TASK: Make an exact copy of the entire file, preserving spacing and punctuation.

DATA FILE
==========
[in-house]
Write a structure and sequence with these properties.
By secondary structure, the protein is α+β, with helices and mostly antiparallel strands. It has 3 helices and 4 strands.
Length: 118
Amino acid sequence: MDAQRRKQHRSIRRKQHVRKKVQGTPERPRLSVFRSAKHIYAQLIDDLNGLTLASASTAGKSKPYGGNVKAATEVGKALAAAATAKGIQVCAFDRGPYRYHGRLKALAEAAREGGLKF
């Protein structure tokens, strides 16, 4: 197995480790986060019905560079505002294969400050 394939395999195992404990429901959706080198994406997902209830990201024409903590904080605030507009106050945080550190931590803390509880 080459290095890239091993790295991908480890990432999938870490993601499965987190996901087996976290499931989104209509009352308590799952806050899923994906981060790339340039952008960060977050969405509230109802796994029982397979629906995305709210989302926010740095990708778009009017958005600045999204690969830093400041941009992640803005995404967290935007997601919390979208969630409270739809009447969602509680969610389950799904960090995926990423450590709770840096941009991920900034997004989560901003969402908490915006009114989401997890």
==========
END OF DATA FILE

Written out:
[in-house]
Write a structure and sequence with these properties.
By secondary structure, the protein is α+β, with helices and mostly antiparallel strands. It has 3 helices and 4 strands.
Length: 118
Amino acid sequence: MDAQRRKQHRSIRRKQHVRKKVQGTPERPRLSVFRSAKHIYAQLIDDLNGLTLASASTAGKSKPYGGNVKAATEVGKALAAAATAKGIQVCAFDRGPYRYHGRLKALAEAAREGGLKF
């Protein structure tokens, strides 16, 4: 197995480790986060019905560079505002294969400050 394939395999195992404990429901959706080198994406997902209830990201024409903590904080605030507009106050945080550190931590803390509880 080459290095890239091993790295991908480890990432999938870490993601499965987190996901087996976290499931989104209509009352308590799952806050899923994906981060790339340039952008960060977050969405509230109802796994029982397979629906995305709210989302926010740095990708778009009017958005600045999204690969830093400041941009992640803005995404967290935007997601919390979208969630409270739809009447969602509680969610389950799904960090995926990423450590709770840096941009991920900034997004989560901003969402908490915006009114989401997890």